The other day I gave three consecutive workshops about stories in digital media, to kids in 7th grade. The organizers’ assumption was that ‘digital’ will attract them as ‘cool’. Knowing that once you expose people to new tools their attention wanders to the particulars and features, I decided to do three things:
- Story experiences – show them various mediums people refer to as digital forms of story – and see what they think and feel about them.
- Teach them how to formulate a story that will have a good chance to get someone interested – from scratch
- Give them a URL to a web-board where I’ve accumulated for them the workshop material, together with many references to digital tools, platforms and other things they need to know – for them to try out for themselves.
The board was good for their teachers too, which if decided they would like to use the ideas furthermore, could get everything they needed in one place.
We did a story together, they got the ideas about prompting and crafting, realized that working with others on a story can help keep it in context (you don’t need supersonic multiplying ‘others’ in every story to keep people interested…), they wrote down some stuff for themselves (I have no idea what it was but they looked very serious about it), and scanned the QR code to get to the web-board. Cool.
The reason for writing this post arrived from the first part – their reactions and ideas about the story experiences. Bringing together all those young people’s words, here is what adults should start realizing, and stop lying to themselves about – especially media and marketing “professionals”.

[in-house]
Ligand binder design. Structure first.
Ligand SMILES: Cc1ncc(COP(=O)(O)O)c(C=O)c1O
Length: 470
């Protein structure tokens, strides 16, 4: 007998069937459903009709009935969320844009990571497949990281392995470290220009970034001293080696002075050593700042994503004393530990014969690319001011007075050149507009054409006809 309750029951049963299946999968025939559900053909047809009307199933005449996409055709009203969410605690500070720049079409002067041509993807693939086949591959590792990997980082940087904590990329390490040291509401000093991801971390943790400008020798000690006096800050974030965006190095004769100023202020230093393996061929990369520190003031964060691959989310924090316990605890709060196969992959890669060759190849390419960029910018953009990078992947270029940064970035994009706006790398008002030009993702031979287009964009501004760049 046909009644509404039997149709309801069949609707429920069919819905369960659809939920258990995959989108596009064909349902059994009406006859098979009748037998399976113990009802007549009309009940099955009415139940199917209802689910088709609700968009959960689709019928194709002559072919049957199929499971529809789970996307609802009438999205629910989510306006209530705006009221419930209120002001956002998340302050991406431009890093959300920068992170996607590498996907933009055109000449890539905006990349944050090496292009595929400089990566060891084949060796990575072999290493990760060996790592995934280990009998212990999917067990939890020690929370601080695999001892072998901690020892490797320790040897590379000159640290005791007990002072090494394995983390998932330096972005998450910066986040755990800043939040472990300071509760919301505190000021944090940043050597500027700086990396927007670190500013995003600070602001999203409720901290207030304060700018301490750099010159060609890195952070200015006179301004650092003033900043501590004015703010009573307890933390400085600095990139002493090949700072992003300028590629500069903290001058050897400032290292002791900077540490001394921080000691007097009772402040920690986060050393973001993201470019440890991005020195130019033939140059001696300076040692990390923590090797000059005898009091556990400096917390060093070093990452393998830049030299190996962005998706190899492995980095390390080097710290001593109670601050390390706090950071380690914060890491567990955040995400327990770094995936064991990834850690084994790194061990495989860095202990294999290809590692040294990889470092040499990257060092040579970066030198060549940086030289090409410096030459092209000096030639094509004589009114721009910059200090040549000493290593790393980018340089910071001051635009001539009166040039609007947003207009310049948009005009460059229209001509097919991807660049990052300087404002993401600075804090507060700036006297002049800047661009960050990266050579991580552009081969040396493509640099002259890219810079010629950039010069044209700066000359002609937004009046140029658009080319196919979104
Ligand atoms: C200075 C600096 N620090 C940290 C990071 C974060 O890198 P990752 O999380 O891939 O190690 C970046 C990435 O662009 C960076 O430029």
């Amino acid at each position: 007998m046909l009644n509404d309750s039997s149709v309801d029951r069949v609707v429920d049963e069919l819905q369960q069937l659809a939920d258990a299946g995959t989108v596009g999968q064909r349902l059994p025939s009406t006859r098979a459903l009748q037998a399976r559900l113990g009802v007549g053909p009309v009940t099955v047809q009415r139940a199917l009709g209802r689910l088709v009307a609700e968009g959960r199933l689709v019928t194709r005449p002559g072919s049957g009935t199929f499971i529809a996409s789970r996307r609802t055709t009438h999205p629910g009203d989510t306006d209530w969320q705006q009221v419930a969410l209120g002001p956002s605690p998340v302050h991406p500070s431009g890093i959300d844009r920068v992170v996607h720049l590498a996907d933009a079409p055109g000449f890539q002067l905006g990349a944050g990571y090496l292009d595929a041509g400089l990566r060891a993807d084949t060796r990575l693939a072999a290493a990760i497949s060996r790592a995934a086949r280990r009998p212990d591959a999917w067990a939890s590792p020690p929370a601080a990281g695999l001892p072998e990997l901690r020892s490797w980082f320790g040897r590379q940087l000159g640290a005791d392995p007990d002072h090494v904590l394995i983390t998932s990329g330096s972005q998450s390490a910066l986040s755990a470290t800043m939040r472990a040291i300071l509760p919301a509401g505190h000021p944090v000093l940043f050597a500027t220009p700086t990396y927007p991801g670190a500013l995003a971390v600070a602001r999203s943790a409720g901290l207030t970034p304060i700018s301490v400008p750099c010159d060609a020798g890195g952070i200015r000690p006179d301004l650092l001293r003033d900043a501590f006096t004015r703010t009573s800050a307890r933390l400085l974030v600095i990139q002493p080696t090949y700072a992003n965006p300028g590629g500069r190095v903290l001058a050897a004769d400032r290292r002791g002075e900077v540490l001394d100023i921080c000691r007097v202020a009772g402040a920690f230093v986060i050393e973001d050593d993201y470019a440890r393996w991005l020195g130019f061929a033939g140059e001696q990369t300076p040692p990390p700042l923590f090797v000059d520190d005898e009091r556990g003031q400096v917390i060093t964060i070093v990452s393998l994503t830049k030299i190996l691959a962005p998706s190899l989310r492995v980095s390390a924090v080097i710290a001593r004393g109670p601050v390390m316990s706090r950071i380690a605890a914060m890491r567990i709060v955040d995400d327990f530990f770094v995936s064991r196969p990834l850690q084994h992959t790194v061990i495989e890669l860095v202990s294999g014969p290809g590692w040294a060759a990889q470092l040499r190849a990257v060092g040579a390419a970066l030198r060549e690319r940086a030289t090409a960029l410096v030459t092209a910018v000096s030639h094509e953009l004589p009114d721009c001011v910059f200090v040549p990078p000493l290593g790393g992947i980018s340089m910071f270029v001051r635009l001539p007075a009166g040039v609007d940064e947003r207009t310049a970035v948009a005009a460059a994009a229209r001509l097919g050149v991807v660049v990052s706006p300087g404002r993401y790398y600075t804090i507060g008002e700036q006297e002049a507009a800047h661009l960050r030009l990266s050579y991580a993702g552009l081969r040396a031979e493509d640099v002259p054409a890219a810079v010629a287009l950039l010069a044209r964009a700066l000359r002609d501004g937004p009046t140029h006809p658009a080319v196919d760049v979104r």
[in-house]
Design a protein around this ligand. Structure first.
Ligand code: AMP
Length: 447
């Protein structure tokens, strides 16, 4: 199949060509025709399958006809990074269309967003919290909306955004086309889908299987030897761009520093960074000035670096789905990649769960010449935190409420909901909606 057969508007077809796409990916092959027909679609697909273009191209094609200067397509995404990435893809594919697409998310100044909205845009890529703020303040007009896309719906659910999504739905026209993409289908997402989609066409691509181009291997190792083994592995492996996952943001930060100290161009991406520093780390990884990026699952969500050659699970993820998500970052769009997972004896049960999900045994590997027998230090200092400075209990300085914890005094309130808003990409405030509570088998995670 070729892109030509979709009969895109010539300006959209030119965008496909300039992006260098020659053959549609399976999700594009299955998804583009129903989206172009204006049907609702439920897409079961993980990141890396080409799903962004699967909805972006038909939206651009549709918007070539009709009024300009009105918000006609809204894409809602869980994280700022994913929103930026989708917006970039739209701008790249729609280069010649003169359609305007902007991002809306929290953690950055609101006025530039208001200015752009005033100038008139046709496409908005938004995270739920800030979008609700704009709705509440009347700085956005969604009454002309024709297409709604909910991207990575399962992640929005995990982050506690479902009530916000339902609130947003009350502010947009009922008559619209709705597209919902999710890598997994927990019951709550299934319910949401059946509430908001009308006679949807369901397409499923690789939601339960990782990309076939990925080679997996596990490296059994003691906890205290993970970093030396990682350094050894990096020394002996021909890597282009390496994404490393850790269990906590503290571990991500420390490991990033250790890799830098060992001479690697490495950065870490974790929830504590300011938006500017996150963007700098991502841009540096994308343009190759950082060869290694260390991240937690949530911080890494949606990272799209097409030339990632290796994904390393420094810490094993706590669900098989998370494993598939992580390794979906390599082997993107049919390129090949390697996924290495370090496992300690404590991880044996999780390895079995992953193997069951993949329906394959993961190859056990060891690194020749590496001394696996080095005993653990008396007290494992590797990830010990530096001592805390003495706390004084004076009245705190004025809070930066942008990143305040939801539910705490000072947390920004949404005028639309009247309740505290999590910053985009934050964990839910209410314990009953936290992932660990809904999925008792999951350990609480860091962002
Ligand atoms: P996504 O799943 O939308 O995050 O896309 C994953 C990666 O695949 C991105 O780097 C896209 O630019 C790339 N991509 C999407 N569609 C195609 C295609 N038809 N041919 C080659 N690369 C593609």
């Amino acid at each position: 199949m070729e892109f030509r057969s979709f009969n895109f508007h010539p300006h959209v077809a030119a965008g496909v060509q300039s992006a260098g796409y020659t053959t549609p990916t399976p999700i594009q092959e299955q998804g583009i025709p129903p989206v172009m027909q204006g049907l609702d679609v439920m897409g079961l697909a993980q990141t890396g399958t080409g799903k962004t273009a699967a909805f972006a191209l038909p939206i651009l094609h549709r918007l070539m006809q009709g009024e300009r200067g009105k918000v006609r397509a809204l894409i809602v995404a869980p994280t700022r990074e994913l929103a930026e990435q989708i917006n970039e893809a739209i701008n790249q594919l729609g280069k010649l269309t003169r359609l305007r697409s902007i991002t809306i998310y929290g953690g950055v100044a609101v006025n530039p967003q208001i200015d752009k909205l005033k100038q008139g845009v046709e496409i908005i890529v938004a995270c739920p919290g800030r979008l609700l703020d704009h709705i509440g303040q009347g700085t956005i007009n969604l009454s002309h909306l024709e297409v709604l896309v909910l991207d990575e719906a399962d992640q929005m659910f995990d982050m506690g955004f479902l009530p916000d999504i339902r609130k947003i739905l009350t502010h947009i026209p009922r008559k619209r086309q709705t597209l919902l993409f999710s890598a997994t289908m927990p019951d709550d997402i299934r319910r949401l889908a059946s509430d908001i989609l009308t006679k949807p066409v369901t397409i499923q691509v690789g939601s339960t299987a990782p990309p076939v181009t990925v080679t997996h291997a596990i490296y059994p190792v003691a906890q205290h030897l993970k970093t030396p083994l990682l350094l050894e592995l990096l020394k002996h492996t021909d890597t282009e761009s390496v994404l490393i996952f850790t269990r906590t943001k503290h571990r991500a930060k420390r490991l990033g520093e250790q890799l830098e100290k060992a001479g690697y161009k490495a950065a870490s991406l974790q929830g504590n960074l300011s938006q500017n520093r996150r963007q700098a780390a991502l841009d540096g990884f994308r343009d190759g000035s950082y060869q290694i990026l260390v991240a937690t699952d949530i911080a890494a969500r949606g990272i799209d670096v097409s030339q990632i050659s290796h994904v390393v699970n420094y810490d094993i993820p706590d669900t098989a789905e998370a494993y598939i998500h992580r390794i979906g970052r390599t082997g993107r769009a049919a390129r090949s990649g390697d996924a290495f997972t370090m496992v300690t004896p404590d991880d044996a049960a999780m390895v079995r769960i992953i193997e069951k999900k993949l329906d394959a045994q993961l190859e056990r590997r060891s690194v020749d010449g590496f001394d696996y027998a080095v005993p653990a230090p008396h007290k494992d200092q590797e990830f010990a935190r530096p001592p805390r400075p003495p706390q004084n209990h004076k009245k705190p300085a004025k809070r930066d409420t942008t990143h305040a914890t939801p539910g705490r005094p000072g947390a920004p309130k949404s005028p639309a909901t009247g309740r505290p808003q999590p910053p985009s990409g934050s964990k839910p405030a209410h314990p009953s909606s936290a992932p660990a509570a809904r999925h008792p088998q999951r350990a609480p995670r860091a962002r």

Spoiler: I cheat at the end of this post.
Wow, this is really interesting. It’s here, happening now, with us. There is a story in it, and it’s told in a way which is interesting to everyone present, we feel involved in making the story although you’re the only one talking, there is an interaction going on between you, us, the story, our minds and hearts, your expressions, voice, images in the story, our reactions, imaginations – it feels everything is connected and curiosity doesn’t stop for a moment.
One of the groups was combined from Hebrew speaking students and Arabic speaking students. I invited one of the Arabic teachers fluent in Hebrew to tell with me, and translate to Arabic as we go. This made everything they said about the reciprocal nature of storytelling even stronger: at any given moment, half of the people in the room couldn’t understand what was being said – but they were interested, and helped us carry the event.
Storyteller on video
The storyteller on video is ok yet much less interesting. She told a nice story, you could see she was doing here best but we were not part of it – she was telling other people, not us. Because she can’t see us or anyone else who might bump into this video, she can’t make sure we are involved. Some people will like it – mainly if they like the story, most won’t.
They suggested storytellers keep away from video because it’s the wrong medium for us. I asked them if telling directly to the camera would be a different experience for the viewer. They came up with the notion it might feel more engaging because when someone looks at you, you feel more obliged to look back; but that didn’t, in their eyes, change the fact the telling couldn’t adapt to each viewer in the feeling it created and that they were not part of the real-time creation. This point I find to be tremendously important in the context of interactive and customization – it’s not giving me the tools to participate or customize – it’s showing me the other side notices my existence and has the capacity to get me involved and adapt to me at the same time.